a home in the howling wilderness settlers and the environment in southern new zealand

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Home In The Howling Wilderness

Author : Peter Holland
ISBN : 9781775580034
Genre : Science
File Size : 29. 20 MB
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During the 19th century, New Zealand's South Island underwent an environmental transformation at the hands of European settlers. They diverted streams and drained marshes, burned native vegetation and planted hedges and grasses, stocked farms with sheep and cattle and poured on fertilizer. Through various letter books, ledgers, diaries, and journals, this book reveals how the first European settlers learned about their new environment: talking to Maori and other Pakeha, observing weather patterns and the shifting populations of rabbits, reading newspapers, and going to lectures at the Mechanics’ Institute. As the New Zealand environment threw up surprise after surprise, the settlers who succeeded in farming were those who listened closely to the environment. This rich and detailed contribution to environmental history and the literature of British colonial history and farming concludes—contrary to the assertions of some North American environmental historians—that the first generation of European settlers in New Zealand were by no means unthinking agents of change.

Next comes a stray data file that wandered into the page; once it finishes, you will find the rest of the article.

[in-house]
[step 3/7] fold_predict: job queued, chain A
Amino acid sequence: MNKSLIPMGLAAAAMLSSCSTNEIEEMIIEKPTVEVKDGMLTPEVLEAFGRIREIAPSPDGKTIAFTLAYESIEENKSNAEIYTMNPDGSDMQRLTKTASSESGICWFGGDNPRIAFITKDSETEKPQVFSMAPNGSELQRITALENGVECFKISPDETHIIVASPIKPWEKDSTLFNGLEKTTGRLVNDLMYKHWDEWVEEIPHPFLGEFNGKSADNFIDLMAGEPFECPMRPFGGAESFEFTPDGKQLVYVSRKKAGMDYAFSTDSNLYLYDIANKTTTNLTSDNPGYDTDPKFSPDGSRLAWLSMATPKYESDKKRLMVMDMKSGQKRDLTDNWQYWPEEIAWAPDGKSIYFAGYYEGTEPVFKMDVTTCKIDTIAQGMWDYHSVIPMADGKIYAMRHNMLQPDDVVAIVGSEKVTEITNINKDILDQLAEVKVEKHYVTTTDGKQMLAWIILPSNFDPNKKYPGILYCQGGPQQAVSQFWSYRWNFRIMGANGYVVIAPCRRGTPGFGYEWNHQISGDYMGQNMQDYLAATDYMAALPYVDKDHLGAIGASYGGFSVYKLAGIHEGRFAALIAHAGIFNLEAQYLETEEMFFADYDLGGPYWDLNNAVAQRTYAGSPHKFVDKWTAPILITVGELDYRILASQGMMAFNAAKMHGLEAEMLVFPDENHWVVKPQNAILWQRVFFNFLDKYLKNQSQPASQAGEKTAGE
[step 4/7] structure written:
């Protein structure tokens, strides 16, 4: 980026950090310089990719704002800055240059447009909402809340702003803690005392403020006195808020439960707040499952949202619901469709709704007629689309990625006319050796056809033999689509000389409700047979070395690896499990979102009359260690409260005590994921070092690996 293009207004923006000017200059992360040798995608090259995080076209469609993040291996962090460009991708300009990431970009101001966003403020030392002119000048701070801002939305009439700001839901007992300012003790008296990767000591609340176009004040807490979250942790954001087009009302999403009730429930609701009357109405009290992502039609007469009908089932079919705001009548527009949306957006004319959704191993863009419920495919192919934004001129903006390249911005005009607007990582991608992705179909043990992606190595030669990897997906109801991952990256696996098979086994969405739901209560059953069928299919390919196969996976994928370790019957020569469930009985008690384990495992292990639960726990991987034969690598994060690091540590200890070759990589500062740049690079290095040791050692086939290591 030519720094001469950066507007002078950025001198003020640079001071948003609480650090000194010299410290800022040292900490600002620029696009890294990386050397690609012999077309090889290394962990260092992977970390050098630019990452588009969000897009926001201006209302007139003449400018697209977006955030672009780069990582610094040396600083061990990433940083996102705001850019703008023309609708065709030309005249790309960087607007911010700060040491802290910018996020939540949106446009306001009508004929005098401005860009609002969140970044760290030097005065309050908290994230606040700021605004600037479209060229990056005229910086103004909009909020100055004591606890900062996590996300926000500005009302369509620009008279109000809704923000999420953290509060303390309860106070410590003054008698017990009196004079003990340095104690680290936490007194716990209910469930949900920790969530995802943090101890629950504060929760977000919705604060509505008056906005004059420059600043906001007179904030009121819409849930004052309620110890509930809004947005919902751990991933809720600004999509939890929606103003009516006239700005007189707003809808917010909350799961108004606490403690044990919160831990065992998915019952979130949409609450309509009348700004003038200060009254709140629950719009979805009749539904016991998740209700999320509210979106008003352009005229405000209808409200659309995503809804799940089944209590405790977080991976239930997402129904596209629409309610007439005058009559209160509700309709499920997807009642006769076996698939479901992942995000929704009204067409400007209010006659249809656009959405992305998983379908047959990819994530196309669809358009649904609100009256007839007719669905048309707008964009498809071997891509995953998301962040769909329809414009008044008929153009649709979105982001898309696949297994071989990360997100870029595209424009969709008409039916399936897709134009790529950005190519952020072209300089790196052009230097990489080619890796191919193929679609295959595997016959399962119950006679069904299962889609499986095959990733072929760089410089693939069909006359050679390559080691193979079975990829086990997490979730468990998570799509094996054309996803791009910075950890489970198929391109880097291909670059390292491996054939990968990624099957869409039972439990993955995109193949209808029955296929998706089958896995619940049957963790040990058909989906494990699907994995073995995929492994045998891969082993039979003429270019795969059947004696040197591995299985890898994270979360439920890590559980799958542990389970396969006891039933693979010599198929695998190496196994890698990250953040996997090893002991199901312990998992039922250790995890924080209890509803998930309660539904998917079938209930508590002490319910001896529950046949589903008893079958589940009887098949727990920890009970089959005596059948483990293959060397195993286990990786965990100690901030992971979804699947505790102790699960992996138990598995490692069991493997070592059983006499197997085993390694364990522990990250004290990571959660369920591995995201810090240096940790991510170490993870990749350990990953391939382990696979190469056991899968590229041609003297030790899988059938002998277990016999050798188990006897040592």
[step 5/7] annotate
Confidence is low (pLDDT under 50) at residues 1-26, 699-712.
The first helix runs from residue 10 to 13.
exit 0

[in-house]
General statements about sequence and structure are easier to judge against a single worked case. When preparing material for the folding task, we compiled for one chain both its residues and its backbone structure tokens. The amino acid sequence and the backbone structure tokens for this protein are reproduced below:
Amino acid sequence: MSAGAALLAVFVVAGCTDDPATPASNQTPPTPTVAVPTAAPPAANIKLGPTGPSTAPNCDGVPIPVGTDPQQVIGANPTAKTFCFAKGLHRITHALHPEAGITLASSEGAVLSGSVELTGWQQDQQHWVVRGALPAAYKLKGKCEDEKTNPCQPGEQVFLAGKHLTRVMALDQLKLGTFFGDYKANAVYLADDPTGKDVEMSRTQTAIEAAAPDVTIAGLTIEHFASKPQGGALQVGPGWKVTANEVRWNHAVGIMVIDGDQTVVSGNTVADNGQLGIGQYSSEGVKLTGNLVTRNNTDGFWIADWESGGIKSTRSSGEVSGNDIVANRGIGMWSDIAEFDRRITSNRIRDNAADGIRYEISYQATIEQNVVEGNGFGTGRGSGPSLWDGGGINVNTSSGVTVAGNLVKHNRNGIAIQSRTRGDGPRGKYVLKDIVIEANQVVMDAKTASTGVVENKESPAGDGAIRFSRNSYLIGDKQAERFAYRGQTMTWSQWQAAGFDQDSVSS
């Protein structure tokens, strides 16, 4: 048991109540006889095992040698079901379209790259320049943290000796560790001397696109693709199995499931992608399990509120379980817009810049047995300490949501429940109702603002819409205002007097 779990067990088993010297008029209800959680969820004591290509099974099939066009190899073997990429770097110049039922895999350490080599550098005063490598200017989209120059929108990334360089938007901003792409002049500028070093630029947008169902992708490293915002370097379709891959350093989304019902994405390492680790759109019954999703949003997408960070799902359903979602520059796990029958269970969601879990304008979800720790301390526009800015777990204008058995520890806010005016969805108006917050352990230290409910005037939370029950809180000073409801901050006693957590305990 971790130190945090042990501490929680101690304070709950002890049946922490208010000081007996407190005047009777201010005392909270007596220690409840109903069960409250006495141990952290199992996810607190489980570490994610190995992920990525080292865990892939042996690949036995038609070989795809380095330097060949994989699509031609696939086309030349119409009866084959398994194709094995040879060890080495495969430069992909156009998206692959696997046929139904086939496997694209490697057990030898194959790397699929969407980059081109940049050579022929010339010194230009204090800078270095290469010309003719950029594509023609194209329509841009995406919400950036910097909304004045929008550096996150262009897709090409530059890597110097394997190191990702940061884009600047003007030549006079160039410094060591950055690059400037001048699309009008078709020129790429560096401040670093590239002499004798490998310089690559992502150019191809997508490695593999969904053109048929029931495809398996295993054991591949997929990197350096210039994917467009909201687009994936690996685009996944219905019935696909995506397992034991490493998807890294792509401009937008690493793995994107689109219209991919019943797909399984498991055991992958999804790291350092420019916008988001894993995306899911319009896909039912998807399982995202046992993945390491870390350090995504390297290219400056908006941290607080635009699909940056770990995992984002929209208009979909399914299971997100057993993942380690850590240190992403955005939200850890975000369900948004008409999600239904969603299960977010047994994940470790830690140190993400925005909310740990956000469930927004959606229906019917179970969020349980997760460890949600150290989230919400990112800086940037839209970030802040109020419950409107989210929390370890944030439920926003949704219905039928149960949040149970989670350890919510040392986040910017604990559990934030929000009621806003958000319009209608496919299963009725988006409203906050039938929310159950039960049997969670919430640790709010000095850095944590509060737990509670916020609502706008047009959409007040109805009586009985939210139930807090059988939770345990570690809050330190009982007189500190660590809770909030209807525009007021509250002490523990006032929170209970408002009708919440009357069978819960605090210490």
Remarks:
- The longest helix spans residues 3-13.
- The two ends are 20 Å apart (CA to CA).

A Home In The Howling Wilderness

Author : Peter Holland
ISBN : 9781869407810
Genre : Social Science
File Size : 52. 74 MB
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During the nineteenth century European settlers transformed the environment of New Zealand's South Island. They diverted streams and drained marshes, burned native vegetation and planted hedges and grasses, stocked farms with sheep and cattle and poured on fertiliser. In Home in the Howling Wilderness Peter Holland undertakes a deep history of that settlement to answer key questions about New Zealand's ecological transformation. Did the settlers pursue farming regardless of the ecological consequences? Did they impose European plants, animals and farming methods on a very different environment? And did their efforts lead to the erosion, rabbit plagues and declining soil fertility of the late nineteenth century? Drawing on letter books and ledgers, diaries and journals, Peter Holland reveals how the first European settlers learned about their new environment: talking to Maori and other Pakeha, observing weather patterns and the shifting populations of rabbits, reading newspapers and going to lectures at the Mechani' Institute. Examining the knowledge they built up by these routes, Holland lays out how the settlers grappled with droughts and floods, worked out which plants and animals made sense, and worked out how to beat erosion and rabbits. As the New Zealand environment threw up surprise after surprise, the settlers who succeeded in farming were those who listened closely to the environment. They learned to predict weather more accurately, to farm differently with different soil types, to use different techniques of land management. In its depth and breadth of research, and with a visual component of 16 photographs and 22 figures, Home in the Howling Wilderness is a major new account of Pakeha and the land in New Zealand.

Environment Modernization And Development In East Asia

Author : Ts'ui-jung Liu
ISBN : 9781137572318
Genre : History
File Size : 68. 3 MB